And so we enter the final stretch. Black Friday and Cyber Monday provided a briefly entertaining diversion to the festive retail scene, but the unseemly scuffles and scenes of general mayhem largely seemed to revolve around tech products. A number of retailers included a few toy lines as part of their overall sale offering, but toys didn’t appear to constitute a major focal point. The event did, however, provide Asda with the opportunity to deliver my favourite typo of the festive season thus far: according to the Asda website, Little Tikes is apparently now responsible for fostering civil unrest through its’ Cosy Coup line. Ultimately, as far as the toy sector is concerned, Black Friday and Cyber Monday seem to be just two more days in the run-up to Christmas, with plenty of attractive retail offers available, just like all the other days.
By all accounts orders are still flowing in, although the big hurdle now is apparently getting products accepted into warehouses. But, then again, isn’t it always in December? Apart from the big boys and the logistical challenges they can sometimes present, this is the time of year when the independents really come into their own, so it’s good to see certain toy suppliers – including Brainstorm and Schleich – reducing their carriage-paid terms to encourage further orders from the indie sector. A smart move for all concerned.
Having said last week that I don’t have time for Christmas parties, I did break my rule this week to attend the Nickelodeon Christmas event. It’s encouraging to hear that they’ve secured strong listings for SpongeBob in Q1, as I think the movie will definitely help to re-energise the brand. Paw Patrol has also got off to a flying start at retail, and with the new Turtle segment Half-Shell Heroes going into stores next week, Nickelodeon is really on a roll at the moment.
As is The Toy Store, which has just opened its largest-ever outlet in the Middle East, a 31,000 square foot store in Abu Dhabi. I also hear that its inaugural London store is likely to open around late August / early September next year. A new buying team, which will be based in the UK, is apparently being put together shortly, so I’m sure there are a few experienced toy buyers tidying up their CVs as we speak.
Congratulations to Character Options on, frankly, a stellar set of year-end results. The company’s revenue grew from £67m to nearly £98m, group profit was up from £0.2m to £7.1m and a 40% growth in both domestic and international sales is some achievement. Having attended Character’s 2015 Preview a few weeks back, I have to say that next year’s range looks equally strong.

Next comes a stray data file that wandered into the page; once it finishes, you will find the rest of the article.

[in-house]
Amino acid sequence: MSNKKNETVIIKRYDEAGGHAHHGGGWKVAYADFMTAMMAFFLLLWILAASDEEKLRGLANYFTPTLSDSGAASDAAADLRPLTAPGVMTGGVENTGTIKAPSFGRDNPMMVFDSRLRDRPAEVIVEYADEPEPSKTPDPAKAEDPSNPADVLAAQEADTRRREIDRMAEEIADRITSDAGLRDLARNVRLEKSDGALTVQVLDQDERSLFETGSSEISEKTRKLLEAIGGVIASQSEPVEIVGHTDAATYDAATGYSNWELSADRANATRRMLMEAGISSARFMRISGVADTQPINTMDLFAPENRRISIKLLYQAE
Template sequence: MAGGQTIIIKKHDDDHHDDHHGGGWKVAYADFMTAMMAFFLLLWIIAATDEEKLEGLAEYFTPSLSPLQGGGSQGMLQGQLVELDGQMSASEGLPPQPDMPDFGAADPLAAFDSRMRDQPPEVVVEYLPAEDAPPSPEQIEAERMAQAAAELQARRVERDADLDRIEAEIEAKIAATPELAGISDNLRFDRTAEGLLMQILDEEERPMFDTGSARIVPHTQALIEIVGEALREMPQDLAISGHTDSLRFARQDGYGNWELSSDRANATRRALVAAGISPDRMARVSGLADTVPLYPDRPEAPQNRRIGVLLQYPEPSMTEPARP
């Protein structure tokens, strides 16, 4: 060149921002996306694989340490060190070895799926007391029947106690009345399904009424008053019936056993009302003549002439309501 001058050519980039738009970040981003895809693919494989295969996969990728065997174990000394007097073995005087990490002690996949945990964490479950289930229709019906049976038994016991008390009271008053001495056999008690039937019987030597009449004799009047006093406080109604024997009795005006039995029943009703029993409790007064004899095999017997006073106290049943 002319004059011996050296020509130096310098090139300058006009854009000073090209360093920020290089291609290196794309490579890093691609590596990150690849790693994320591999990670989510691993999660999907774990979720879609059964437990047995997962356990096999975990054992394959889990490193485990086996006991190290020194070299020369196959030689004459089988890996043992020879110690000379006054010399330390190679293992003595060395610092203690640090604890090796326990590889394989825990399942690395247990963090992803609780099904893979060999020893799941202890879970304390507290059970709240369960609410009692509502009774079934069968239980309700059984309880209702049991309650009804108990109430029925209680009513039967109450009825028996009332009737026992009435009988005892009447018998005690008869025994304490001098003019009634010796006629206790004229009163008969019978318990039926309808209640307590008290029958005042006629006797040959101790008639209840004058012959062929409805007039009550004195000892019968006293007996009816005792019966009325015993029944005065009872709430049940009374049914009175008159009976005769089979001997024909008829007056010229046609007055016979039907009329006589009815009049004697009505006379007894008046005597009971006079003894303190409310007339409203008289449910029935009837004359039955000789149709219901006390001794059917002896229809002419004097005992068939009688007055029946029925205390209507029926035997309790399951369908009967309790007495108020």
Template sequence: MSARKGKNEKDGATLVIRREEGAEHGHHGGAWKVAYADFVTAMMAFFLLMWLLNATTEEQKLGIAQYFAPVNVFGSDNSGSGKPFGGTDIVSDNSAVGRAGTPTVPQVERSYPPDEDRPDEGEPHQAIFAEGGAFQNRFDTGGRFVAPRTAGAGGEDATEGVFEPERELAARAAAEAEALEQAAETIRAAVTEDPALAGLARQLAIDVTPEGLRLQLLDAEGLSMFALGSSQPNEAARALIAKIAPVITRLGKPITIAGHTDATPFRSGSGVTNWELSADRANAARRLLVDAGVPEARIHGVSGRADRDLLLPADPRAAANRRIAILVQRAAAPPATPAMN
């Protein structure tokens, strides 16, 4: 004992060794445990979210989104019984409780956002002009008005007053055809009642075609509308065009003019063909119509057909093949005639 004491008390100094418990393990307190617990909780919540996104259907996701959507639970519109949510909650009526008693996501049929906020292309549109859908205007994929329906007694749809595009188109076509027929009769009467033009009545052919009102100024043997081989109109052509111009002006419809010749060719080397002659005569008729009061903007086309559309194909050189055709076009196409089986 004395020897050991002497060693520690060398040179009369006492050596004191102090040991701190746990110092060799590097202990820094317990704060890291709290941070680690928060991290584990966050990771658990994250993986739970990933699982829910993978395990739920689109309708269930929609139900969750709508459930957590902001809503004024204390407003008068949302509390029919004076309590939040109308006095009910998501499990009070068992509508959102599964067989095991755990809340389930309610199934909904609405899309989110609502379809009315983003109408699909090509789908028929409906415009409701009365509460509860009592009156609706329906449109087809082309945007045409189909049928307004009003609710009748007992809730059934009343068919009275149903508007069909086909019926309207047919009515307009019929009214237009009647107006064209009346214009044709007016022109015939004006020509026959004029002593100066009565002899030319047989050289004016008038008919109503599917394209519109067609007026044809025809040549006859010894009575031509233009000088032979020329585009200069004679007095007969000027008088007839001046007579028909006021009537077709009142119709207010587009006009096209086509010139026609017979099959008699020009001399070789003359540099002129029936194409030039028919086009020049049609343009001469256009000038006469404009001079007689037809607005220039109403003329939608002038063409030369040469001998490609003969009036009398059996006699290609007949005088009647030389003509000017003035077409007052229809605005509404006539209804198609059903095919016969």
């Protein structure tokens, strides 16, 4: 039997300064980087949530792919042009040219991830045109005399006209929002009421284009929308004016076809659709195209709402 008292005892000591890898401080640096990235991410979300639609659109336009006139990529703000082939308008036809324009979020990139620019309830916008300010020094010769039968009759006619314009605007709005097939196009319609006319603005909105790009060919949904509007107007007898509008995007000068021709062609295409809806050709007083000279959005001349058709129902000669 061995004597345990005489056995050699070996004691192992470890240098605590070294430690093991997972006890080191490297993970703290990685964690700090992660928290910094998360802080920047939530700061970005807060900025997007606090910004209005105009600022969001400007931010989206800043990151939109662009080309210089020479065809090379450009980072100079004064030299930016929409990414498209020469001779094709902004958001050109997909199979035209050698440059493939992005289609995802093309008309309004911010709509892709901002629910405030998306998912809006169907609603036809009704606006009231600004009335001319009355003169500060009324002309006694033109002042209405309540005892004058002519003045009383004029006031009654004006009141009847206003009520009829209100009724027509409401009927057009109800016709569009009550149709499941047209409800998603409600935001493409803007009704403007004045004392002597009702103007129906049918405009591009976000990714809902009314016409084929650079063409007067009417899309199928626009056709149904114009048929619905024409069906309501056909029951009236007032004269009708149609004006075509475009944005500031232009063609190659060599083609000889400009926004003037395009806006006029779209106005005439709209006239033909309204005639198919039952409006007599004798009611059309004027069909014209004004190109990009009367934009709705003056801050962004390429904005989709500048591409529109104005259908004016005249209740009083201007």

I hear that Jason Rice will be leaving Turner today, while Paul Sanders has joined Groupon, having parted company with Rakuten (formerly play.com).
I’ve been working on my Hong Kong diary, so if you would like me to pop in to see you in your showroom or at the Toys and Games Fair, feel free to get in touch. If you are still considering whether to visit the Far East in January, we have an offer that may help to sway your decision: Toy World has teamed up with the Hong Kong Trade Development Council to offer up to 3 nights’ free hotel accommodation and special air fares to UK visitors to the Hong Kong Toys and Games Fair, which takes place from 12th – 15th January. For all the details of this special offer, click here
Finally, it’s been confirmed that the new Frozen short film – Frozen Fever – will make its debut next March, showing before the new Cinderella live-action movie. Crucially, the song-writing team behind the original soundtrack – Robert Lopez and Kristen Anderson-Lopez – will be returning for the new project. I don’t think it is possible to under-estimate the duo’s role in the success of Frozen: Disney’s golden era movies (Little Mermaid, Aladdin, Lion King) and even its original sixties classics such as Jungle Book were set apart from other animated movies by their fantastic soundtracks, something that has been missing in many of its recent movies. Robert Lopez was co-creator of theatrical successes such as Avenue Q and Book of Mormon, so he’s effectively modern song-writing royalty, and licensees should be very happy he’s committed to the new project. Indeed, had there been a musical theatre aficionado at Disney, maybe they wouldn’t have missed the whole Frozen phenomena in the first place? (If anyone at Disney is reading, my wife is available at exorbitant consultancy rates….)